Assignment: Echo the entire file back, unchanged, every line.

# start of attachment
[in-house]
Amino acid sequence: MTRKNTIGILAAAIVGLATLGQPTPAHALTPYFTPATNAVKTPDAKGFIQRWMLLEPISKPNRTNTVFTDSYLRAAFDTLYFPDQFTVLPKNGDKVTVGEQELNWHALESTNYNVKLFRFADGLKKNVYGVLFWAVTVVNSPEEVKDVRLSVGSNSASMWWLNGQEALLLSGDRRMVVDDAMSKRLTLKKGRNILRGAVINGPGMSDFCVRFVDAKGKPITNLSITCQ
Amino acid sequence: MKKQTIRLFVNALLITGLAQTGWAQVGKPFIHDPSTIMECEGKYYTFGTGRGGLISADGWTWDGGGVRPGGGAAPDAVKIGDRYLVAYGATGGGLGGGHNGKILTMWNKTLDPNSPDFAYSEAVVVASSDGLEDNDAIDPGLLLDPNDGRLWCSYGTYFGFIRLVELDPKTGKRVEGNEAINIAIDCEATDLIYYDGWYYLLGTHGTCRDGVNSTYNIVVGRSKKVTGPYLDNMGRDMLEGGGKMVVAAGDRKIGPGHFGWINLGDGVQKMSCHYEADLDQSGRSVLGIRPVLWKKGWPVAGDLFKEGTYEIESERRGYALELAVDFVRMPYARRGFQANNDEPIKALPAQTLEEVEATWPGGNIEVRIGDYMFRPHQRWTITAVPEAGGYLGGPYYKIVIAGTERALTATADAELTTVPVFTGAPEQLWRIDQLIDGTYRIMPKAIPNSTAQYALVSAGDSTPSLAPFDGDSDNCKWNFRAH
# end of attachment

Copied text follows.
[in-house]
Amino acid sequence: MTRKNTIGILAAAIVGLATLGQPTPAHALTPYFTPATNAVKTPDAKGFIQRWMLLEPISKPNRTNTVFTDSYLRAAFDTLYFPDQFTVLPKNGDKVTVGEQELNWHALESTNYNVKLFRFADGLKKNVYGVLFWAVTVVNSPEEVKDVRLSVGSNSASMWWLNGQEALLLSGDRRMVVDDAMSKRLTLKKGRNILRGAVINGPGMSDFCVRFVDAKGKPITNLSITCQ
Amino acid sequence: MKKQTIRLFVNALLITGLAQTGWAQVGKPFIHDPSTIMECEGKYYTFGTGRGGLISADGWTWDGGGVRPGGGAAPDAVKIGDRYLVAYGATGGGLGGGHNGKILTMWNKTLDPNSPDFAYSEAVVVASSDGLEDNDAIDPGLLLDPNDGRLWCSYGTYFGFIRLVELDPKTGKRVEGNEAINIAIDCEATDLIYYDGWYYLLGTHGTCRDGVNSTYNIVVGRSKKVTGPYLDNMGRDMLEGGGKMVVAAGDRKIGPGHFGWINLGDGVQKMSCHYEADLDQSGRSVLGIRPVLWKKGWPVAGDLFKEGTYEIESERRGYALELAVDFVRMPYARRGFQANNDEPIKALPAQTLEEVEATWPGGNIEVRIGDYMFRPHQRWTITAVPEAGGYLGGPYYKIVIAGTERALTATADAELTTVPVFTGAPEQLWRIDQLIDGTYRIMPKAIPNSTAQYALVSAGDSTPSLAPFDGDSDNCKWNFRAH